Ludwick, Tejada trades help Headley
SAN DIEGO -- Though the acquisitions Ryan Ludwick and Miguel Tejada at the Trade Deadline were expected to bolster the Padres' offense on their own, it was believed that the additions also benefit the rest of the hitters that would slide down in the order.
The best example of that so far is probably Chase Headley.
Headley is batting .308 since Aug. 2, the first game that Ludwick and Tejada were both in the San Diego starting lineup, with six doubles, three home runs, 16 RBIs and 12 runs entering Wednesday. During the Padres' recently completed road trip, Headley tallied at least one RBI in nine of the 10 games.
Those 16 RBIs match his total in June and July combined, which he said is a tribute to the additional opportunities he has had to drive in runs with the new additions to the batting order.
"I just think we put more capable at-bats in there, and that's the main productivity that you're going to see," Headley said. "I think everybody's going to hit with more guys on base, everybody's going to have a better chance to drive in runs and score runs. That takes the pressure off. When you have five or six opportunities throughout the game to drive in runs versus one or two, it's a lot easier to get it done."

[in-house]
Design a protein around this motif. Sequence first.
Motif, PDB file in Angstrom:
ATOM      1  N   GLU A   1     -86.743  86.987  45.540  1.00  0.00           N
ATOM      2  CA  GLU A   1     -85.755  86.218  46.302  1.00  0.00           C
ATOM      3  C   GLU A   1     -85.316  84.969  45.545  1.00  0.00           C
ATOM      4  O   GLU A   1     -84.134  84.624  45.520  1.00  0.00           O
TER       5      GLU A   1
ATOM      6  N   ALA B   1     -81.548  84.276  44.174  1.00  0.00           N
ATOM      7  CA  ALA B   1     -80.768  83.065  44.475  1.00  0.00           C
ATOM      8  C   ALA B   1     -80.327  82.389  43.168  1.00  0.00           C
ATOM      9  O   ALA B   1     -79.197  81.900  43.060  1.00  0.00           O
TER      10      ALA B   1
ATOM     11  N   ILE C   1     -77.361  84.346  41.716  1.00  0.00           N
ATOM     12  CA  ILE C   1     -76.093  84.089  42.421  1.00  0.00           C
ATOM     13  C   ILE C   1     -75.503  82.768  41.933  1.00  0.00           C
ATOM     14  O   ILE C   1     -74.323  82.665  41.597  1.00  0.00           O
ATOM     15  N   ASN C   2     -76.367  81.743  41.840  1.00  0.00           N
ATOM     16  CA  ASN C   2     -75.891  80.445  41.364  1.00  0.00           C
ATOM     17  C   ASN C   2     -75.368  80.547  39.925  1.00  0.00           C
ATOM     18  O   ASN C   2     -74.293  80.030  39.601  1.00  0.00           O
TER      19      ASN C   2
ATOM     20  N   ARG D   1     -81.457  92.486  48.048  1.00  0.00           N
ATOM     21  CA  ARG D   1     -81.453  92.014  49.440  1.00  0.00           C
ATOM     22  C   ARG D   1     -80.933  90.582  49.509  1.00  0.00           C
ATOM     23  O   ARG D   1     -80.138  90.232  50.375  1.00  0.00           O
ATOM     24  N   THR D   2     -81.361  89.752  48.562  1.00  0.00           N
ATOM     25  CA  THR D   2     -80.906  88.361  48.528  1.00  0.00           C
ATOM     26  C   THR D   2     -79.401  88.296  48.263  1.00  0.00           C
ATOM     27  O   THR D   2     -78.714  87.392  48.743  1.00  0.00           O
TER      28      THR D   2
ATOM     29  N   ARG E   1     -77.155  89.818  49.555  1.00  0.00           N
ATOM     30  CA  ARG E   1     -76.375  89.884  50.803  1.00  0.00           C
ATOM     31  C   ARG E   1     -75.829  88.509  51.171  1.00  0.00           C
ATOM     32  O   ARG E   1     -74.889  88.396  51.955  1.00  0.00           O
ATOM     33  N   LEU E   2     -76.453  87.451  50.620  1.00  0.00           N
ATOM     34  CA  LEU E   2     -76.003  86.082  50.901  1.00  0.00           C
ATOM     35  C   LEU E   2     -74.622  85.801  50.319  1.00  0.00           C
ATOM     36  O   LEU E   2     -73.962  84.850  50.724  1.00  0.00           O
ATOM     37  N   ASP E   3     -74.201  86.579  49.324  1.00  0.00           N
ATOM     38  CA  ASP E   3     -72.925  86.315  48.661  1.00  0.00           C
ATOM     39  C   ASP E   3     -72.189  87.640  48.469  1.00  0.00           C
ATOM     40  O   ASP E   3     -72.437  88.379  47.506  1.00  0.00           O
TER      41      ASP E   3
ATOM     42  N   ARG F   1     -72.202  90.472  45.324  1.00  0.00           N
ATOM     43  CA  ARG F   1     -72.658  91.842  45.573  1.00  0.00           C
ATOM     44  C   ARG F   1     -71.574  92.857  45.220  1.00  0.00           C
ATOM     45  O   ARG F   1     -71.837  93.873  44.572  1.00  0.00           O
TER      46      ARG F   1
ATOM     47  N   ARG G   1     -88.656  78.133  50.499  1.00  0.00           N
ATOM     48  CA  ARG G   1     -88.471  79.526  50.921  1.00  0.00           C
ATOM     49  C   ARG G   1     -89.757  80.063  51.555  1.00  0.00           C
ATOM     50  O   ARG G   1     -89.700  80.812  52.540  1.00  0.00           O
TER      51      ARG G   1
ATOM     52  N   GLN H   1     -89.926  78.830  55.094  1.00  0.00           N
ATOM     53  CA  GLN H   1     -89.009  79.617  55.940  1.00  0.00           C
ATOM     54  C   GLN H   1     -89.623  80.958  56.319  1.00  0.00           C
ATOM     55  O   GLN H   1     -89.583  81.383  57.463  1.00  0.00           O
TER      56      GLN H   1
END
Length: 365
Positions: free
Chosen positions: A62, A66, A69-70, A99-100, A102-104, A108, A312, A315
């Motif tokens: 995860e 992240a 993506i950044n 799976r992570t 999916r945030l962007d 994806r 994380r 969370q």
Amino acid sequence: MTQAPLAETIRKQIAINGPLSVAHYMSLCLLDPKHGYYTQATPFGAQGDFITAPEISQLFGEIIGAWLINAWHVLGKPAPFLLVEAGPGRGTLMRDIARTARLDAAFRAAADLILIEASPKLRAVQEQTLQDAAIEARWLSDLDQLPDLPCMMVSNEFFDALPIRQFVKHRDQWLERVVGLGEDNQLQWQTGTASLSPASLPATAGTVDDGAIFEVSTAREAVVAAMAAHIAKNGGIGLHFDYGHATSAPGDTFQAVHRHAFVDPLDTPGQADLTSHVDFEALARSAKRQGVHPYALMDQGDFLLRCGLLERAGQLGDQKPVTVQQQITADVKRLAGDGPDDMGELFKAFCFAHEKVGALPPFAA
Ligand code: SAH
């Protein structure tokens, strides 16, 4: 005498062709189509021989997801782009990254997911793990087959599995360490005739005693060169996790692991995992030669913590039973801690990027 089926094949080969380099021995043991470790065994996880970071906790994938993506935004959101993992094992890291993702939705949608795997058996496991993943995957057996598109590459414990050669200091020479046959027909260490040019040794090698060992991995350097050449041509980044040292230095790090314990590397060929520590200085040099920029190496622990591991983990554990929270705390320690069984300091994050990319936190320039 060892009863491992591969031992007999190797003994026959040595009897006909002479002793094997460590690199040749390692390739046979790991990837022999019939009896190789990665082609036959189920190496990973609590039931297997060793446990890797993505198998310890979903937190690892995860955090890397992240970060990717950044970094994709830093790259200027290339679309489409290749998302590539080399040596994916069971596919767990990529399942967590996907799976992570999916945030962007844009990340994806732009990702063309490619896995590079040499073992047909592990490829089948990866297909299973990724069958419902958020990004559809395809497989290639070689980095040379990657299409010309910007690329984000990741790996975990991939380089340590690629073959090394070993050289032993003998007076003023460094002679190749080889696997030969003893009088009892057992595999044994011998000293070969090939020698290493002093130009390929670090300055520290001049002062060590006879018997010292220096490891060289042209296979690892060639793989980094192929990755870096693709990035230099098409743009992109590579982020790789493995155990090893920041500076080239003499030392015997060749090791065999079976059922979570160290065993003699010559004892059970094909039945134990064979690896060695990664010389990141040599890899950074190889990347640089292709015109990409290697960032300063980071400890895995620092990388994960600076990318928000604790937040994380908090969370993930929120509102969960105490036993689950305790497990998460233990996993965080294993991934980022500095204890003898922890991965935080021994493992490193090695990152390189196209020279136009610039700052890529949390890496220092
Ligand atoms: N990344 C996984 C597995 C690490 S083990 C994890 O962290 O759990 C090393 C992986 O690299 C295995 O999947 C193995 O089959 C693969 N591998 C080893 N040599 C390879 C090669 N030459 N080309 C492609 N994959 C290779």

But Ludwick specifically has also indirectly helped Headley in a somewhat unexpected way. Headley, a switch-hitter that has had plenty of well-documented offensive woes batting right-handed this season, noticed a quirk in Ludwick's swing while he was hitting in the cage earlier this month that piqued the third baseman's interest.
"[Ludwick] does a little toe tap, which is just a little timing mechanism," Headley said. "That's something I've been struggling with all year is my timing from that side. I was like, 'You know what? What's going to happen? Am I going to hit worse?' "
Since implementing the extra move in his swing during the Padres' series in Arizona in early August, Headley's numbers from the right side have taken a dramatic climb from his .209 season clip. He's batting .308 against left-handed pitching since Aug. 6, with three doubles, one triple, one home run and four RBIs.
"I tried it just from watching [Ludwick], and it made a huge impact," Headley said.
Young to throw second simulated game
SAN DIEGO -- Padres starting pitcher Chris Young, who is on the 60-day disabled list with a strained right shoulder, will throw his second simulated game on Thursday afternoon before San Diego's series finale against the D-backs.
Padres manager Bud Black said Young will throw three innings, an increase from the two frames he tossed on Saturday in Milwaukee. In all, Young threw 38 pitches in that first simulated game with a short rest in between innings.
"He's throwing all his pitches, not quite sure on the velocity, but he's gaining on it," Black said. "I don't really want to put a number on it. We'll see."
Young made his only start of 2010 in April but hopes to pitch for the Padres in September.
Gina Mizell is an associate reporter for MLB.com. This story was not subject to the approval of Major League Baseball or its clubs.